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as Jonathan Miller
as Allison Miller
as Karen Miller
as Graham Sutter
as Martin Bristol
as Wendy Miller
as Katherine Bristol
as Martin Age 6
as Clerk in Store
as Father in Store
as Boy in Store
as Gym Teacher
as Victim #1
as Lucy (Body in Freezer)
as Nurses' Aide
as Voice Next Door
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Critic Reviews for Bereavement
I'd sooner touch a nine-volt battery to my tongue than sit through this film again.
Bereavement -- miraculously as dull as its title -- is neither far gone enough to be funny nor well thought-out enough to be disturbing.
Virtually every shot in Bereavement -- a sort of prequel to Mena's Malevolence (2005) -- is the right one; the editing, also by Mena, is first-rate.
This is an example of what happens when a clever, proficient filmmaker falls in love with brutal trash.
Audience Reviews for Bereavement
A small improvement over 2003's Malevolence, with more interesting characters and slightly better acting. Bereavement will satisfy die hard horror fans as a run of the mill gory slasher flick, but there's nothing here to attract anyone else, especially in the way of logic or an interesting narrative.
While I do think the film makes effective use of its atmosphere, for the most part, and it is well made with some solid cinematography, ultimately this movie did absolutely nothing for me. The main reason I didn't enjoy this movie was that there wasn't really a reason for anything that was happening. Of course if you're arguing for a more believable story, you could pull out the 'well, things in life happen for no reason sometimes'. And I think movies can get away with this if they're told effectively and you're at least having fun watching the movie, but when you're not really given a reason to invest in the characters or invest in the story, it makes it that much more of a chore to sit through. They do reveal some reasoning for what's happening at the end, but by this point you don't really care because everything has felt pointless. There's some cool visuals here and there, but that's not really enough to overcome the formulaic and uninteresting script that's chock full of cliches. Ultimately the film boils down to a slasher/evil kid horror genre. I do think there's an interesting concept here with the child being a murderer and whether that's due to his genetics or the environment he has found himself in for over 5 years. And I think the film tries to show that it is a combination of both things, such as it is in real life, that have made him the way he is. The fact that he cannot feel any kind of pain puts the idea in his mind that everyone must be like him, unable to feel anything and the fact that he's been raised by a homicidal maniac helps guide those thoughts in the kid's mind to its most extreme. And I thought that was actually a really cool aspect of the movie, an aspect of the movie you wouldn't pick up on if there wasn't a scene at the school where a teacher is discussing this same exact subject. Whether environment or genetics has an effect on how someone turns out. It's like they just STUMBLED onto this theme by accident and felt the need to point it out in one scene so they don't look completely clueless. It doesn't seem like something that was thought and planned out before the script was even written. It may have actually been intended, but it doesn't come across that way in the final product. And it's not like they do much with this concept, it's like they just PUT the idea into your mind, rather than doing something with it. Again if you don't remember that scene, you would miss an important part of Martin's development and a large reason for why he is the way he is. It's far more thought out than your typical 'evil child' nonsense. Regardless, it's not like THIS makes the movie really worth sitting through for an hour and 45 minutes of an uninteresting story that's more a chore than anything else. There's still some good ideas here, though and some cool visuals. But they're not enough to raise the movie from its slightly below average state.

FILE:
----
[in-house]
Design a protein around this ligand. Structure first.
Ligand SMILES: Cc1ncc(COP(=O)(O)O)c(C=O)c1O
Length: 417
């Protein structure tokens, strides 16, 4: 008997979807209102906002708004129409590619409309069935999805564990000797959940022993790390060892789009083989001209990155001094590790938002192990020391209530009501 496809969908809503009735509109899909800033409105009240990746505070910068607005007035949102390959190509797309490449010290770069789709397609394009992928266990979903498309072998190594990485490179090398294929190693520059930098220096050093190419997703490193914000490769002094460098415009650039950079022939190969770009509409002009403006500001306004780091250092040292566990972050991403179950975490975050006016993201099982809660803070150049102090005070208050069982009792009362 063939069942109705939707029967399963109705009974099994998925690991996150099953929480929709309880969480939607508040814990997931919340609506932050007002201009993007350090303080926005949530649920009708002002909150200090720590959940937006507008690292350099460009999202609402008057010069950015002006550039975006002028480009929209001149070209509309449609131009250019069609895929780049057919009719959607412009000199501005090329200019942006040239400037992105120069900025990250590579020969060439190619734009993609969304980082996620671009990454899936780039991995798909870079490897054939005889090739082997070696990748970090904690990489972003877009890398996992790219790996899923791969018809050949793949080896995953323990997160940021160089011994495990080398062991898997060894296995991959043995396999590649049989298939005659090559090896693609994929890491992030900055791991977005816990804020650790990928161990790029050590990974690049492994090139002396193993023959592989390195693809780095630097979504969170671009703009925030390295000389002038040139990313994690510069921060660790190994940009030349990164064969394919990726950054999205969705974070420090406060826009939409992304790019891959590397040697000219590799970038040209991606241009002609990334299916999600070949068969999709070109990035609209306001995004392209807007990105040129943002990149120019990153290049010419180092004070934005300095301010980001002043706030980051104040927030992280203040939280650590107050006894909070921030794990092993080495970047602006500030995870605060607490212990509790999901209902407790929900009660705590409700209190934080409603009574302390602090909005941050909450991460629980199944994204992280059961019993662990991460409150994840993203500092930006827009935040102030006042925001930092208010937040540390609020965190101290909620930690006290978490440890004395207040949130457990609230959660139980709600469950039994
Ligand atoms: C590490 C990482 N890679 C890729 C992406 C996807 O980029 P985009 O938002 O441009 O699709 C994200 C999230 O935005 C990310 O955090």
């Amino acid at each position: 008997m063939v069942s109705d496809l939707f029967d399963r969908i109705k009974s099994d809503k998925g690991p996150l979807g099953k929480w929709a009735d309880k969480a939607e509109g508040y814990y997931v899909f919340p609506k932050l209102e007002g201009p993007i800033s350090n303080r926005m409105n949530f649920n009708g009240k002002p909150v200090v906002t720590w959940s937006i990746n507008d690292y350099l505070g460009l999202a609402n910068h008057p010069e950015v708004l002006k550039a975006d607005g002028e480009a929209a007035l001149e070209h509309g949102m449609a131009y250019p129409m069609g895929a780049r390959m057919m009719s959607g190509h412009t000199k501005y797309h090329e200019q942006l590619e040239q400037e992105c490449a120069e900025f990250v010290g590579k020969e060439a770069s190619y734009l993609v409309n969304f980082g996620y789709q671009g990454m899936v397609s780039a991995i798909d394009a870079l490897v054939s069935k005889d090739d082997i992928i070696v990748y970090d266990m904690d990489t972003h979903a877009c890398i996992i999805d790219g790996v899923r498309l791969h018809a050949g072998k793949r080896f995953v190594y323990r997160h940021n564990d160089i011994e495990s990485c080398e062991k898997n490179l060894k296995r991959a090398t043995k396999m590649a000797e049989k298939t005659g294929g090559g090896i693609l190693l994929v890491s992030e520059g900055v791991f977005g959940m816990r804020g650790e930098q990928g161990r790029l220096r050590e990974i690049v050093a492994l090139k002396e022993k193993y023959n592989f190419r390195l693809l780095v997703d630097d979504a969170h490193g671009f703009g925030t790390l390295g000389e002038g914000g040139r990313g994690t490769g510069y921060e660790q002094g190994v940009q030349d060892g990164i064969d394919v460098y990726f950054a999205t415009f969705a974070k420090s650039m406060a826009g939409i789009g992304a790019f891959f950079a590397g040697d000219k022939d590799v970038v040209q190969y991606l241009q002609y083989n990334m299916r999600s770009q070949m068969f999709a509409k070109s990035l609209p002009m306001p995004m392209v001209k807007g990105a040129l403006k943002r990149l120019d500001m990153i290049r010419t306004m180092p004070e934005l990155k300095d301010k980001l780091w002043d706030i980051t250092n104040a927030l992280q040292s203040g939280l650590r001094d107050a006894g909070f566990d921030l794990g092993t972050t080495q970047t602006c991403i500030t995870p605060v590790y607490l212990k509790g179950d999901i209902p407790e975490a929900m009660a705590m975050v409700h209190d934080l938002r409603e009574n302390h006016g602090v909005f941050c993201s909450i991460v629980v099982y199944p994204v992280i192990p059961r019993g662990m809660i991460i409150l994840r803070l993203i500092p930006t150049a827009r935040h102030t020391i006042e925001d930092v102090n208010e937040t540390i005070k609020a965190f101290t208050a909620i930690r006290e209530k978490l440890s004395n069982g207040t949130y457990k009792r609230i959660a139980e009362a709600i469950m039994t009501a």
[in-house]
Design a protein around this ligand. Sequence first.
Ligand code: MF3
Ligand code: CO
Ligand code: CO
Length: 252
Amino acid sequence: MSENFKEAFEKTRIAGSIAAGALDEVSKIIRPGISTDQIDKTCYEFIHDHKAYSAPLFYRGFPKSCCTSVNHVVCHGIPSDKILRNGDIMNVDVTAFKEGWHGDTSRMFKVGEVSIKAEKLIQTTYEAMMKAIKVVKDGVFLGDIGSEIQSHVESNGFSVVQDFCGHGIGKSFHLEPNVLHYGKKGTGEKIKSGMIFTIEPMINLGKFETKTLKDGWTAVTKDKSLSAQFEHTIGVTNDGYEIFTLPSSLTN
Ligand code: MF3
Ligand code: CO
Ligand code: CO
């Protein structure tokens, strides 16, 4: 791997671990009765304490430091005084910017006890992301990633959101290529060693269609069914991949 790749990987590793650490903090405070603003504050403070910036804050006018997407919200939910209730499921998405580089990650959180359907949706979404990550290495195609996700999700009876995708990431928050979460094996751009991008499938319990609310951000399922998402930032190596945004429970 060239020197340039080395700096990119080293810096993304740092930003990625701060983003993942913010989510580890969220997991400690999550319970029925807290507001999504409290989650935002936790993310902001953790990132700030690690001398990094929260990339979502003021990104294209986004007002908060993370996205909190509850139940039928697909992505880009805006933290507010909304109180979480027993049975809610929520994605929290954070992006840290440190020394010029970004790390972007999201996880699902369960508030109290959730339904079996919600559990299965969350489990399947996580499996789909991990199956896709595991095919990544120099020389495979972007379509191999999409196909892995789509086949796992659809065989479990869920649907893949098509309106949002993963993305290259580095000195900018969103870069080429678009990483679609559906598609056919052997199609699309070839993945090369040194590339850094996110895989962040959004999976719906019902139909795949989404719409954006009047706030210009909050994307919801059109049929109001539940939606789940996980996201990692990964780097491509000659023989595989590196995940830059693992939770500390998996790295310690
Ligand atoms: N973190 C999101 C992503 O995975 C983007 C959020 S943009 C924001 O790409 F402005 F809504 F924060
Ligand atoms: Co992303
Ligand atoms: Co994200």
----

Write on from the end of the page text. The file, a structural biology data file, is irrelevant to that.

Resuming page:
"Brought home a boy from the valley. He's young enough to learn the business my way." This recent entry in the "small town psychopathic serial killer" genre isn't exactly a game-changer and it doesn't try to be that scary, but it is a tense, nasty affair that will probably appeal to some horror fans. We've got out deranged killer that preys on young women, a young boy he kidnaps to "assist" him, and a new arrival from out of town (Alexandra Dadarrio) that enjoys taking long runs alone that just happen to pass by a sinister looking and isolated rundown meat-packing plant. If you're guessing that's a recipe for blood, brutality and death, then you're right. Bereavement is fine for what it is, but I doubt I'll be compelled to watch it more than once. There's nothing really exceptional about it, though some of the outdoor cinematography is beautiful, there's a concentrated effort to give depth and a back-story to most of the main characters, and Alexandra is undoubtedly nice eye candy (if there was an Academy Award for filling out a halter top, she'd have it in the bag). The bottom line, though, is that this is such a thoroughly bleak movie that it's almost too realistically grim and hopeless to find entertainment in. That's not necessarily a "flaw", but it's definitely something some viewers will respond less favorably to than others. Oh, and I don't think I've heard this much screaming in a film in quite a while. Have your ears prepared to be assaulted.
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